There aren’t really a multitude of addons out there that are specifically written to assist tanks. Today’s reviewed addons however are most helpful if you are a tank. I have been using them extensively for a month or two, and I fully endorse them. Originally I had wanted to make a companion video, but that’ll have to wait for another time.
Step 1: to use this, you need to run with name plates turned on. Press ‘V’ and enjoy seeing nameplates over the head of all neutral and hostile mobs.
Step 2: Install Tidy Plates, which is basically an addon to skin the default nameplates Blizzard gives us. TP’s default skin is extreme fug though, if you ask me.
Step 3: Install Tidy Plates: Threat as theme for Tidy Plates. You need to have both TP and the threat module enabled. Runs out of the box, but can be adjusted. You can turn off display of nameplates for neutral mobs, e.g., or adjust size, opacity for the various threat levels.
What does the skin do overall? It makes the nameplates respond based on the amount of threat you have on the mob. If you set the addon in tank mode, nameplates of mobs you currently do not have aggro on, are large and red. Mobs that are aggro’d on you but another player is just about to snag them off you will be framed in yellow. Mobs you hold safely have green frames. The less threat you have, the bigger the nameplate. Especially in AoE situations, this makes actually locating stray mobs very easy, and you can just click on the large nameplate for targetting. You can freely define the threat threshholds that will have the color and behavior of the nameplates change.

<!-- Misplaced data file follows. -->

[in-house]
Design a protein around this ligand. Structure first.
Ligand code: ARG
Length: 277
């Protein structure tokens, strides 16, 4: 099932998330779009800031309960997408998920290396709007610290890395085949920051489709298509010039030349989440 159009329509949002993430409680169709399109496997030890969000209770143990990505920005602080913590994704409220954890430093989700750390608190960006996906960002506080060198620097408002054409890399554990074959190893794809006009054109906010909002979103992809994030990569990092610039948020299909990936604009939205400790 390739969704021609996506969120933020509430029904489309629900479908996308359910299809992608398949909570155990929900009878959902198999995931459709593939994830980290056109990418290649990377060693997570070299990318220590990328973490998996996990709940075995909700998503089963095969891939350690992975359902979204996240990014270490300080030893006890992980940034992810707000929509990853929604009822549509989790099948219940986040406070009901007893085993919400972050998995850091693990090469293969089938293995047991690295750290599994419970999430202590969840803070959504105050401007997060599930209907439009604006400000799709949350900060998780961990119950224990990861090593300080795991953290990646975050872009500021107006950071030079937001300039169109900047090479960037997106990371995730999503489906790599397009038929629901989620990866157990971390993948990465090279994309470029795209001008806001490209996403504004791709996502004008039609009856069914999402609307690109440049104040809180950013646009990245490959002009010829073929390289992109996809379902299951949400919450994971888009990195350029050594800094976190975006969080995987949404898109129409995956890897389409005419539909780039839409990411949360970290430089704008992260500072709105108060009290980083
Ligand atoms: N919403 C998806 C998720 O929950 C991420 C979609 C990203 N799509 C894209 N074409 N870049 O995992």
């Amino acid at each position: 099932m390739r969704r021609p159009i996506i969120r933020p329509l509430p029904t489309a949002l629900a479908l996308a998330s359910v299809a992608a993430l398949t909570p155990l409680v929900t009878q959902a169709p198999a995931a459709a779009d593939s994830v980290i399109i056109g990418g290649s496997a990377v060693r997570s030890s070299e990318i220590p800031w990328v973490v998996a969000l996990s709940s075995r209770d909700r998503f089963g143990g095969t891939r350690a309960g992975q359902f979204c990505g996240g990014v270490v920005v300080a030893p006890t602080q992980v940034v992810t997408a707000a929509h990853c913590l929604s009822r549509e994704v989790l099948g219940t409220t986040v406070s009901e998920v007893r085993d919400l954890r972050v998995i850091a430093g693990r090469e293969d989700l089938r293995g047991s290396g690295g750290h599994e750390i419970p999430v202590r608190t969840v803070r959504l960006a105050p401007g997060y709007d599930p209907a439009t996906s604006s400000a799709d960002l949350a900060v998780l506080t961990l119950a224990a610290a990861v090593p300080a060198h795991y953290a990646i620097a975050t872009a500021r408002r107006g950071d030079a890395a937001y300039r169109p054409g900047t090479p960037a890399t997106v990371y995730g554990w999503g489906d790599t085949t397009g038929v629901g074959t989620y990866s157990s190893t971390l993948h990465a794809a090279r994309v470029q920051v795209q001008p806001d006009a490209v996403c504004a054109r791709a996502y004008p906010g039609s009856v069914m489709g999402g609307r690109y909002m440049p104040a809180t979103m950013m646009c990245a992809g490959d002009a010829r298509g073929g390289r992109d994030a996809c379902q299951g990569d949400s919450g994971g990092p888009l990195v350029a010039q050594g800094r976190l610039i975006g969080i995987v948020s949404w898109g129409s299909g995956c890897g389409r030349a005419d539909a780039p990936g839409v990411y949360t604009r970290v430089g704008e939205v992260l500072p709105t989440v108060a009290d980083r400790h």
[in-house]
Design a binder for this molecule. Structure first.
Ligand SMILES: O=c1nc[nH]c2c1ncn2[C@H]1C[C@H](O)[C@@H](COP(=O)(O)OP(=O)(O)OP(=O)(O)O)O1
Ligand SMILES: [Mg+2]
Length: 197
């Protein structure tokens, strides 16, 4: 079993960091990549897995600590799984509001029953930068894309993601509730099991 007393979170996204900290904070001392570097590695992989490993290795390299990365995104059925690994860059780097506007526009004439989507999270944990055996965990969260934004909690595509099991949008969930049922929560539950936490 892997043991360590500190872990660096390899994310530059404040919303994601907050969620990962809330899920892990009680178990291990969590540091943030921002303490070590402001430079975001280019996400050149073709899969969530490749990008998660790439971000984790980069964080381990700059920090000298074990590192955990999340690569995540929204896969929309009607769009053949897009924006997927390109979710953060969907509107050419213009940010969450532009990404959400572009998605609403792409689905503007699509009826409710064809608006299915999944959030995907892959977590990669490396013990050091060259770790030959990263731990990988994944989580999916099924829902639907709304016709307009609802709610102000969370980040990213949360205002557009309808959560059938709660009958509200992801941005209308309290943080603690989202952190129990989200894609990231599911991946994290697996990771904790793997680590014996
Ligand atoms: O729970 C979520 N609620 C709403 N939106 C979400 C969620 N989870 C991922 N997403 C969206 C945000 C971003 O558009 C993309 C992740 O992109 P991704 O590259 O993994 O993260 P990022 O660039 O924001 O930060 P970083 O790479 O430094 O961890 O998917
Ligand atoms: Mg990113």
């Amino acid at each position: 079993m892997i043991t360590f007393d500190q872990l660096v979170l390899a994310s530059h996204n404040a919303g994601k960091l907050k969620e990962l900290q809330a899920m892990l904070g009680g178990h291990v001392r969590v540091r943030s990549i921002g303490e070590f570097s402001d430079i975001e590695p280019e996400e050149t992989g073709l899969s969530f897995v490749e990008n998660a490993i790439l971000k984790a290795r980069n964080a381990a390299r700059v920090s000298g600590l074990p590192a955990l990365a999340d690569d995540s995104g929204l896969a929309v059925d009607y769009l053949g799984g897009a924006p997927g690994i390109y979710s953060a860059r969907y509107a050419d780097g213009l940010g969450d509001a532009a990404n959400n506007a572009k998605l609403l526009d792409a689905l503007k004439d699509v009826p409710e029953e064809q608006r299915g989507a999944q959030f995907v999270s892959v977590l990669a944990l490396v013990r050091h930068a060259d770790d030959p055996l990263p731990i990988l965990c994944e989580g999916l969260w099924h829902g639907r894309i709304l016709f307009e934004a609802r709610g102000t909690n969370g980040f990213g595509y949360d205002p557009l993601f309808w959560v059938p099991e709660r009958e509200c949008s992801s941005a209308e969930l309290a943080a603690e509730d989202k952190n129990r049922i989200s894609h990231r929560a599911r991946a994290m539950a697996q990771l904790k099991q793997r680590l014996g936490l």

In my example screenshot, I have full control over the pull, all mobs are on me. I managed to frontload a lot of threat, the closest party member is only sitting at 4% threat. All green, all safe. But the less threat you have, the bigger the nameplate would be.
If you’re strugging in larger pulls, this is a fabulous visual aid, and I wouldn’t want to miss it anymore. On top of that, it has a low memory footprint and won’t tax your resources. Give it a spin or discuss it on Tankspot, as the author is specifically looking for feedback from us.
P.S.: if you are not of the tanking kind, the nameplates have a DPS mode, which means they would be all green for you, if your threat level was safe, and go yellow as soon as you gain threat on the tank to your personal warn level. Big and red when you have pulled aggro. Could be useful, right?
I got a 24″ widescreen monitor for Christmas, and it’s been since TBC since I discussed my whole UI, so expect a dissecting the UI post very soon.